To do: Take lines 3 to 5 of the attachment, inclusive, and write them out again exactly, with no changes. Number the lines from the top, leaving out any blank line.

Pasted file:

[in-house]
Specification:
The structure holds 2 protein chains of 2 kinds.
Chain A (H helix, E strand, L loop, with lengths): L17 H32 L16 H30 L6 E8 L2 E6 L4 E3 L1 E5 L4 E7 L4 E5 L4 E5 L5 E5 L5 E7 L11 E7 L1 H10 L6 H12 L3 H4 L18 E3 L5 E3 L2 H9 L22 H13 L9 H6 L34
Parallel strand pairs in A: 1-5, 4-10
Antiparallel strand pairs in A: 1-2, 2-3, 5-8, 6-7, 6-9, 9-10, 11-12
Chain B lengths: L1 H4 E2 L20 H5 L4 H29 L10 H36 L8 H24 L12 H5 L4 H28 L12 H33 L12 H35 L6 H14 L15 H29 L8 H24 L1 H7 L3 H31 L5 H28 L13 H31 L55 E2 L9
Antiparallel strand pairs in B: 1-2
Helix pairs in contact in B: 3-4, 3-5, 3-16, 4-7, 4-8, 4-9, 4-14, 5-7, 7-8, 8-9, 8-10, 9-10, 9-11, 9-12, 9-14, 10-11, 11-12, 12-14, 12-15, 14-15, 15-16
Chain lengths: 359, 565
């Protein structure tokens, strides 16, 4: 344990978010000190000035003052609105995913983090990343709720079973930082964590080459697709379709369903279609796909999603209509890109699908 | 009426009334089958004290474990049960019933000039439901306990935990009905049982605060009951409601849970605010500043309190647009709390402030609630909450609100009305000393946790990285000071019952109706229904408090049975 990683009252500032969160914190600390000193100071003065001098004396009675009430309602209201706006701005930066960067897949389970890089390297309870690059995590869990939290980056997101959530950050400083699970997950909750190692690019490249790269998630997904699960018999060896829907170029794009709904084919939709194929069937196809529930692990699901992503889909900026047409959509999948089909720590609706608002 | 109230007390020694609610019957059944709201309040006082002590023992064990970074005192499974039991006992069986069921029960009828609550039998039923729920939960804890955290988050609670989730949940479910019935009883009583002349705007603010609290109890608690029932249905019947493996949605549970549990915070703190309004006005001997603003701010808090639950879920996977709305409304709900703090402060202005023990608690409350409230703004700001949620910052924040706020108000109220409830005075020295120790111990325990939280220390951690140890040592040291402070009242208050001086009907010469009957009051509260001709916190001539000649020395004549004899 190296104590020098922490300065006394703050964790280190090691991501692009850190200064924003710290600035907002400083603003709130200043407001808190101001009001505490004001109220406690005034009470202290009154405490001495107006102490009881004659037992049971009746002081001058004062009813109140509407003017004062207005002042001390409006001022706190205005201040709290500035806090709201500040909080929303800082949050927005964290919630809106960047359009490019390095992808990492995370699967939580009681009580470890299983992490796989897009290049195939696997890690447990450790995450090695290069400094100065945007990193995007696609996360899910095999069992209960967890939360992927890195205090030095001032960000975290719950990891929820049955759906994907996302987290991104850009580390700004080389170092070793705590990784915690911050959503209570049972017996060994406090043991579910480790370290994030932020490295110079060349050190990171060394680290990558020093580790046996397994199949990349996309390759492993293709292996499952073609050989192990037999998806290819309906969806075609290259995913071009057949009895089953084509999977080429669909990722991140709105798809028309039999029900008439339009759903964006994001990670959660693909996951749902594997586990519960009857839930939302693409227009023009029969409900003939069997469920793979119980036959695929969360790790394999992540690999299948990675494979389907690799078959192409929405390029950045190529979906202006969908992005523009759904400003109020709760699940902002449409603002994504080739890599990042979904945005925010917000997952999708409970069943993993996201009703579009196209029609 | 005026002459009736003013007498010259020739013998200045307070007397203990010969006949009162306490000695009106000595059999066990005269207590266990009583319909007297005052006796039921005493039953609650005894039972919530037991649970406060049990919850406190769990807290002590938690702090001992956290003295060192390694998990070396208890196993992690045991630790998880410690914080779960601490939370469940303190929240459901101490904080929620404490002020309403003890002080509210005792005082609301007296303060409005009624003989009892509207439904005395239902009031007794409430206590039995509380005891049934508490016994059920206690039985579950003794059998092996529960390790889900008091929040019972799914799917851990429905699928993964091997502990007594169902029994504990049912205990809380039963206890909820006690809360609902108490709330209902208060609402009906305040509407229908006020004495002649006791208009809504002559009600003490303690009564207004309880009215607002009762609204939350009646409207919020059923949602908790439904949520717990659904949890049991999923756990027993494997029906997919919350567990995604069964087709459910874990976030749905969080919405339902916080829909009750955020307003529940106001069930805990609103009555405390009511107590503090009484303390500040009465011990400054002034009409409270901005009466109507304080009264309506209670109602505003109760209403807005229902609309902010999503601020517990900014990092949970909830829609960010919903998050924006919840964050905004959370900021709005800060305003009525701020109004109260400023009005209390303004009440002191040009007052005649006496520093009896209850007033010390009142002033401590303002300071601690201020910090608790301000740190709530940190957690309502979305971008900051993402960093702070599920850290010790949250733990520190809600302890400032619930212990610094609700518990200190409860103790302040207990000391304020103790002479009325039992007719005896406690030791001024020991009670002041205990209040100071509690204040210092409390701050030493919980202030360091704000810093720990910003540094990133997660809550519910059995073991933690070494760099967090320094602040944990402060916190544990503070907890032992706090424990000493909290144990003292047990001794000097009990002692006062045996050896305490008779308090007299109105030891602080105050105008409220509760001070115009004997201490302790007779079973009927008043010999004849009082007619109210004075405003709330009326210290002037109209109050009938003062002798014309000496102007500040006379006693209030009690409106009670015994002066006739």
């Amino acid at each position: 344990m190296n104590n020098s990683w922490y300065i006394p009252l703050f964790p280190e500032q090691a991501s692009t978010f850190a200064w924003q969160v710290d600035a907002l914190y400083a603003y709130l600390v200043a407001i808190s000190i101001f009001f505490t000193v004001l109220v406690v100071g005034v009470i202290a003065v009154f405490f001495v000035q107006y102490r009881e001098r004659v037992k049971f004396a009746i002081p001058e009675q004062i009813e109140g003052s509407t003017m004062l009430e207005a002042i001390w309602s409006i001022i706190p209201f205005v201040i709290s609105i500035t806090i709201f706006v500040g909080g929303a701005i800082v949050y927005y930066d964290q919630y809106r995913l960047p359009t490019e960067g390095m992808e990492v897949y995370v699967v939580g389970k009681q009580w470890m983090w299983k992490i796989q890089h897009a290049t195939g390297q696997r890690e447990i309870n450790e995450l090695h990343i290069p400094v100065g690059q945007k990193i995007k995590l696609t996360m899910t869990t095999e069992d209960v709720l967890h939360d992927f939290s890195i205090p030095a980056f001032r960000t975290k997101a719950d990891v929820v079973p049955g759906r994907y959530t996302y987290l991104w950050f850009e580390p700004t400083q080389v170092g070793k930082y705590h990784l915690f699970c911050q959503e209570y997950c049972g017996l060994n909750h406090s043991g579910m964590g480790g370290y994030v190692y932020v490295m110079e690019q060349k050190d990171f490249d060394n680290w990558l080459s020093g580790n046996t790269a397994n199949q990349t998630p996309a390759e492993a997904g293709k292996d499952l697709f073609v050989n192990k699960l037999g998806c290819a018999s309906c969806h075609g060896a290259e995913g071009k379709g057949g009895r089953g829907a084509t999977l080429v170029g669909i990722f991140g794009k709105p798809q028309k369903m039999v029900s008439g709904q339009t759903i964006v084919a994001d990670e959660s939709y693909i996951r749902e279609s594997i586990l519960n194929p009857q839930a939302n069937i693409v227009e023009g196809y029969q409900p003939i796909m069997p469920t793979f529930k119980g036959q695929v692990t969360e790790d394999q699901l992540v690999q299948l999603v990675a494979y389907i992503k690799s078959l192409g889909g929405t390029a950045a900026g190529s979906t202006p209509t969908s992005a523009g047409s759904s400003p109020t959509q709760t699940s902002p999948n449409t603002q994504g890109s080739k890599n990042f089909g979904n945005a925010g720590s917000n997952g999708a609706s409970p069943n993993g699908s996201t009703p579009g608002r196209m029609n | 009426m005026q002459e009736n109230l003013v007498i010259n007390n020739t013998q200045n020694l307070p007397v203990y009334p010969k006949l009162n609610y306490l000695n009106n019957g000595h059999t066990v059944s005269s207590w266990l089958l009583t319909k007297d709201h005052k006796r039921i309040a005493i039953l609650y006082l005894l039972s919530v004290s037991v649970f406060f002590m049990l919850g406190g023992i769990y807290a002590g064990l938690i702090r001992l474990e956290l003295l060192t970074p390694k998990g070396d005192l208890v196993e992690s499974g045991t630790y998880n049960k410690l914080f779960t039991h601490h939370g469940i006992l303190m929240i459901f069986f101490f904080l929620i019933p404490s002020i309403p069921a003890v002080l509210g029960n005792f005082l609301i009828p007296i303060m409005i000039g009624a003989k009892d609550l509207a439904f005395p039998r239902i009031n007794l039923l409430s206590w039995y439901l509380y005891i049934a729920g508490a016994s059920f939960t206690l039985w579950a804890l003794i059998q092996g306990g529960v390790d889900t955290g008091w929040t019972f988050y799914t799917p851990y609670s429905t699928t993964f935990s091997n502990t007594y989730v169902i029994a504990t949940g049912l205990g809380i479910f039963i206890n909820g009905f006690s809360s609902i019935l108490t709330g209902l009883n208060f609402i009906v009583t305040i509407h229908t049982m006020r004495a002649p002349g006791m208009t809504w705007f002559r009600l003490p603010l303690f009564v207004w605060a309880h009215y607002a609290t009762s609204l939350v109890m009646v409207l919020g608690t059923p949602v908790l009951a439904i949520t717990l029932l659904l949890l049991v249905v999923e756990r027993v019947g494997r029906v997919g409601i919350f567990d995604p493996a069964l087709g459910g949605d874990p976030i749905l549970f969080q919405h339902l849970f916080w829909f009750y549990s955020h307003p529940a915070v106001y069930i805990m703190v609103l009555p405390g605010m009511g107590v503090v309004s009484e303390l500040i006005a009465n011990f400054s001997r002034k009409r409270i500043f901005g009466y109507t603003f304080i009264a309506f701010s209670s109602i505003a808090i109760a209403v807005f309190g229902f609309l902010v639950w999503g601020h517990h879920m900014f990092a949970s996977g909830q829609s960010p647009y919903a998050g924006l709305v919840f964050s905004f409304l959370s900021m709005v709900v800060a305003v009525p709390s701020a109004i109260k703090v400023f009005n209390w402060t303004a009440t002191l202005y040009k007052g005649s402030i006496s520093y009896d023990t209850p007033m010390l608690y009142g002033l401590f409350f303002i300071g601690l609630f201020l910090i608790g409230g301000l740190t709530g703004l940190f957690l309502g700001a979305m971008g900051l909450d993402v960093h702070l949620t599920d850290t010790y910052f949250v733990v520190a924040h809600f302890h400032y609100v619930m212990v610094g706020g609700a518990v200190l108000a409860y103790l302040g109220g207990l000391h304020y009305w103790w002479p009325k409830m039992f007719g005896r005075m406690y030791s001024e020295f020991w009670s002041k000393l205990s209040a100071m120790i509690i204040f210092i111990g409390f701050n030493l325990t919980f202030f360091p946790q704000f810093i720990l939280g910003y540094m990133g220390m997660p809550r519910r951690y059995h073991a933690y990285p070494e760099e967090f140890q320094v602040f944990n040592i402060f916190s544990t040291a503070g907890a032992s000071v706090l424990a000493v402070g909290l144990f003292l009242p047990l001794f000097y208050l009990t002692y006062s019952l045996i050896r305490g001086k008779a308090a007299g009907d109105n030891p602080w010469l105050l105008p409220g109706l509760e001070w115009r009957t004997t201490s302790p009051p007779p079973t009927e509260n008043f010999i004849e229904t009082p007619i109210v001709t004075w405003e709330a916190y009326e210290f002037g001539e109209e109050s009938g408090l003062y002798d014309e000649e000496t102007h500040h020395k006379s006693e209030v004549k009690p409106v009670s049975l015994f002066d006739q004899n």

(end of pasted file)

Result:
The structure holds 2 protein chains of 2 kinds.
Chain A (H helix, E strand, L loop, with lengths): L17 H32 L16 H30 L6 E8 L2 E6 L4 E3 L1 E5 L4 E7 L4 E5 L4 E5 L5 E5 L5 E7 L11 E7 L1 H10 L6 H12 L3 H4 L18 E3 L5 E3 L2 H9 L22 H13 L9 H6 L34
Parallel strand pairs in A: 1-5, 4-10